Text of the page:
1)Sources and Nature of the Constitutiona.Constitutional Act 1867
i.British North American Act 1867(changed in 82’ to Constitutional Act 1867)ii.No amending clause in this actiii.No mention or system of responsible government ( the prime minster, the cabinet)
Constitutional Act 1982
(enacted through 1982 Canada Act)i.domestic amending formula was adopted
authority over Canada of the UK Parliament was terminated
Canada Act 1982
-a short statue of the UK Parliament which terminated the authority over Canada.iii.Part 7 General
The Supremacy Clause is 52(1)-
This makes it the supreme law of the country.
The Entrenchment clause- 52(3)-
This entrenched the Constitutions Act 1982 and makes it only amendable by the proscribed procedure.
Constitution of Canada’ “includes”– defined for first time in 1982 Const Act (s52):
The Canada Act 1982, including this Act (includes the Constitution Act 1982 Schedule B)
the Acts and orders referred to in the schedule - list of 30 Acts and orders (includes The Constitution Act 1867, itsamendments, the orders in council and statues admitting or creating new provinces and boundaries, and the statue of Westminster.
Statute of Westminister – conferred on Canada power to repeal or amend imperial statutes applying to Canada, but BNA Act excluded at Canada’s insistence (so Const wd be more difficult to amend)3.any amendments to any Act or order referred to in paragraph (a) or (b)
“Includes” in s 52(2) indicates that the word is not exhaustive.
Other unwritten principles
underlie text of Const Act
Secession Reference 
- 4 unwritten principles of Const
- democracy, federalism, constitutionalism,protection of minorities
. B/c of democracy, federalism - fed govt and other provinces would be under dutyto enter negotiations1.Reference by the federal government to the Supreme Court of Canada, in which the Court was askedwhether Quebec could secede unilaterally from Canada. Unilateral secession not possible -- Secessionwould require const’l amendmt in accordance with its procedures (but did not specify which one wouldapply).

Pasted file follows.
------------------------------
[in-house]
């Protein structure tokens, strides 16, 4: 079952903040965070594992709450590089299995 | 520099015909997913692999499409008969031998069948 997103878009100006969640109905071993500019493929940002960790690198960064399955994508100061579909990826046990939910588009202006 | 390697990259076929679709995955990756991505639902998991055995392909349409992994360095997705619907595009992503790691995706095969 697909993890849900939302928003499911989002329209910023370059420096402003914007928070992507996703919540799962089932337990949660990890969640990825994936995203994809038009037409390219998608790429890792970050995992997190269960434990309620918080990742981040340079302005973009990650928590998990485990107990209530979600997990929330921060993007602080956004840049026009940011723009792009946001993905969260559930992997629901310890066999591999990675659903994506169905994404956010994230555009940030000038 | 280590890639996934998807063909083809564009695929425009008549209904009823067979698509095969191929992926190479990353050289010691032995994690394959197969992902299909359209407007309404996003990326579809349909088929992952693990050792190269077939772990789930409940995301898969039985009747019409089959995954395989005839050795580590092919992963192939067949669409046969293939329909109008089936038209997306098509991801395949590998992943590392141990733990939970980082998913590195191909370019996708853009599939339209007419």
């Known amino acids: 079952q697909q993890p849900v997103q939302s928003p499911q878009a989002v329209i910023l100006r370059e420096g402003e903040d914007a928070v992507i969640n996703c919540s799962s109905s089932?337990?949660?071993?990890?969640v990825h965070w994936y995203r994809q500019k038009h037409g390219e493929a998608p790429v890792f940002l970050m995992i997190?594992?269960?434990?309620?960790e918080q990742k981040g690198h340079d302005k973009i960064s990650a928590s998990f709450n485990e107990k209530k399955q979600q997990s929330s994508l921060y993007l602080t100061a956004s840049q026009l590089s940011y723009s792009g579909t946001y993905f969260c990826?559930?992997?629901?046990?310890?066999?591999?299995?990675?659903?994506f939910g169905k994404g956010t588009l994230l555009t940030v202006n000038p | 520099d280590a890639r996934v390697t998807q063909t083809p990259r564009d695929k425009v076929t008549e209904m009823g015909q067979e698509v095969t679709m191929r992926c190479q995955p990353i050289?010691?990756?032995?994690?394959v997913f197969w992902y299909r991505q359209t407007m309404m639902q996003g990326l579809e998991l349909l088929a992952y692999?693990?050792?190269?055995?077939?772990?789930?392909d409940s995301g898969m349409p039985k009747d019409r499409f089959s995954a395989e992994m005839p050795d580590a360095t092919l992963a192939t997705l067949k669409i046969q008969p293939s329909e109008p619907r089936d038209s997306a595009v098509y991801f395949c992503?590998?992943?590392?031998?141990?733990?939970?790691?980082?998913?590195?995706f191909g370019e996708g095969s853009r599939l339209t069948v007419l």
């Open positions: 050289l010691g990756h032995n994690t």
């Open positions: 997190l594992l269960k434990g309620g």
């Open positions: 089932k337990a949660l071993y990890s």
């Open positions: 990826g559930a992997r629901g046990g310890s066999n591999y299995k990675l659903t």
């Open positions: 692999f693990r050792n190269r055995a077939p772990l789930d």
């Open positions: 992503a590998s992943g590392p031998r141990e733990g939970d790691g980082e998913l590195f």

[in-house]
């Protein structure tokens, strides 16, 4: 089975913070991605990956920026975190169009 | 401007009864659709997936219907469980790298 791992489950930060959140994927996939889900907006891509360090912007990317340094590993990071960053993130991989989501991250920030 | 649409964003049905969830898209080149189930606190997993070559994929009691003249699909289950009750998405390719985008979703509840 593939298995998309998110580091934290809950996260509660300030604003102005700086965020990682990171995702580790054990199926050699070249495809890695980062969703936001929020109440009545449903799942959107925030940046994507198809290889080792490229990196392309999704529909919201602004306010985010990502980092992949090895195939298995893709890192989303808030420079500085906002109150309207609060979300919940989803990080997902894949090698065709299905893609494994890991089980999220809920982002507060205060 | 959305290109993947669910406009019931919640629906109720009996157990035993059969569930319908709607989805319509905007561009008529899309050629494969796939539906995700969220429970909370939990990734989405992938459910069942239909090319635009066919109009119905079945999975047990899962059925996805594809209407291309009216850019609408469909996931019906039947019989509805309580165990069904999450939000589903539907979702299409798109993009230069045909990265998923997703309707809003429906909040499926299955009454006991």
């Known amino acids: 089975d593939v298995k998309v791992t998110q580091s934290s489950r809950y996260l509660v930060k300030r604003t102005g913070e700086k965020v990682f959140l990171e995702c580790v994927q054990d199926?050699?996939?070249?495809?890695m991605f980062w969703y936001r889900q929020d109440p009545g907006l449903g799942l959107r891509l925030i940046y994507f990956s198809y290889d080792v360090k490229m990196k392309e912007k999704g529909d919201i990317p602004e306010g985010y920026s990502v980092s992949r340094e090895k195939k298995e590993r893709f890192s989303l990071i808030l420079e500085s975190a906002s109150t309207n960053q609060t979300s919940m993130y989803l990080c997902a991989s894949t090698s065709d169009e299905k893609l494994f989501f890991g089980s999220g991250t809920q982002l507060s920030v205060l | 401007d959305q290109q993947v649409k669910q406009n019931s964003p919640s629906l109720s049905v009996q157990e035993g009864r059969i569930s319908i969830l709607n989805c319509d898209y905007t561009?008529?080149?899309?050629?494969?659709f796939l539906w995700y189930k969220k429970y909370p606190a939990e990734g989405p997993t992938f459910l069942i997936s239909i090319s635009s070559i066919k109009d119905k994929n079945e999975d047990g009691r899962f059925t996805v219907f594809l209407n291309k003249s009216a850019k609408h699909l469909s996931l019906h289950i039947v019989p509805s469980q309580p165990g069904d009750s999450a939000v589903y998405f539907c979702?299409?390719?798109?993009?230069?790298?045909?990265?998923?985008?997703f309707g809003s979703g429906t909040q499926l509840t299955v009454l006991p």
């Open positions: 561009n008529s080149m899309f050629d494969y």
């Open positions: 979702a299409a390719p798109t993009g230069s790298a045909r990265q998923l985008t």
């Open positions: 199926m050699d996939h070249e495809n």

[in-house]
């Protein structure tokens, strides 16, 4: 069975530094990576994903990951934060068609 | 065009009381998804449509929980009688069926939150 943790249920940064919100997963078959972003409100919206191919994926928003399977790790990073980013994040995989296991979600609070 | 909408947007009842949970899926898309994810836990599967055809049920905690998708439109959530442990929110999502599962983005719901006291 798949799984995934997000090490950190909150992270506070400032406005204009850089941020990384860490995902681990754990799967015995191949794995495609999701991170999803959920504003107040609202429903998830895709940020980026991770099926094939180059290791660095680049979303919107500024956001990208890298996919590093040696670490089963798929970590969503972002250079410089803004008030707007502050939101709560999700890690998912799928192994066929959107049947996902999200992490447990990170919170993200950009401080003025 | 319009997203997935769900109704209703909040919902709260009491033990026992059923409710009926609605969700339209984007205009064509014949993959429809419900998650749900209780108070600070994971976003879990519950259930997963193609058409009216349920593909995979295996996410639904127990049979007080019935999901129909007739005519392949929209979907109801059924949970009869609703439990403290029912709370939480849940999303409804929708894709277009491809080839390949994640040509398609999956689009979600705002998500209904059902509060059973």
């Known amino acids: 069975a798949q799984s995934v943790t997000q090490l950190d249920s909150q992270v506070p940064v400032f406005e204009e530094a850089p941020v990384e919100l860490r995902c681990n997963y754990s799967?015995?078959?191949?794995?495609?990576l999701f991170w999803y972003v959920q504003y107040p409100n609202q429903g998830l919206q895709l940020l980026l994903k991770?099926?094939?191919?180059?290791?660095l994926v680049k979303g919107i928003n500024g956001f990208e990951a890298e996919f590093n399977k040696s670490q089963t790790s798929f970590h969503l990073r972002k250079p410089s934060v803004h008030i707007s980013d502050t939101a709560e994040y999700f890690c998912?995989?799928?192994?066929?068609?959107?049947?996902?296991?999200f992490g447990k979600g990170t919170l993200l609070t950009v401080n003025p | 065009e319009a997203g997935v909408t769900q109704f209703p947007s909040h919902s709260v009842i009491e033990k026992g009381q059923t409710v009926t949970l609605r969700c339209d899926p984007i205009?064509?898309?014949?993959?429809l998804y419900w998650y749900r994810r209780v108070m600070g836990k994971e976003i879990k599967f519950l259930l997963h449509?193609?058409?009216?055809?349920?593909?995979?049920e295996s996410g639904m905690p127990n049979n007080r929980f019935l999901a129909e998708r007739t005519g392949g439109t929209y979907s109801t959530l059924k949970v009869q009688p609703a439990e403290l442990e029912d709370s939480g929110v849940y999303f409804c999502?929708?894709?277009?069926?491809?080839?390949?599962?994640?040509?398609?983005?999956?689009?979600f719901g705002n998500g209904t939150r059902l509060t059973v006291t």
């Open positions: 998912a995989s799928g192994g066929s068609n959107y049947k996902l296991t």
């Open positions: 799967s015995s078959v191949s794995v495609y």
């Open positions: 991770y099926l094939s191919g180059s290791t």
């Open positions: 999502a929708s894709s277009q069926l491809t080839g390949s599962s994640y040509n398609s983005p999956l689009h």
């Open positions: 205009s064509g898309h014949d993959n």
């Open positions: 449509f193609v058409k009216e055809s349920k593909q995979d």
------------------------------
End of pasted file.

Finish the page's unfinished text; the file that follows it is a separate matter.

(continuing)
SCC also stated:
a clear majority on a clear question of law
put to referendum in Quebec, would“confer legitimacy on demands for secession” and give rise to an
on all parties toConfederation to negotiate the required constitl changes. SCC also pointed out that the politicalramifications for failure to negotiate in good faith would include the defaulting govt’s legitimacyin the eyes of the international community would be undermined. ... b.Principle of Effectivity: If seceding govt achieved effective control of a territory and recognition by international commty the secession although unconstitutional would have to be recognizedeventually as a reality by Canada’s own Constl Law.
2.Clarity Act ( created after Succession Reference) Hogg 5.7(a)
Defines “clear” - s1–
if a province proposes a referendum on succession , the HoC is to consider the question and determine whether the question is “clear”. Whether clear depends on “thequestion would result in a clear result in clear expression of the will of the population of a province on whether the province should cease to be part of Canada and become an independentstate. “i.Act states question is unclear if “mere focus to negotiate” or envisages economic /politicalarrangement with Canada that obscures a direct expression of the will of the population of that province
– if q is clear, the Hof C has to determine if the majority is “clear”.i.The act does not define “clear”- requires HoC to take into acct size of majority, percentage of eligible voters who voted, and any other matters or circs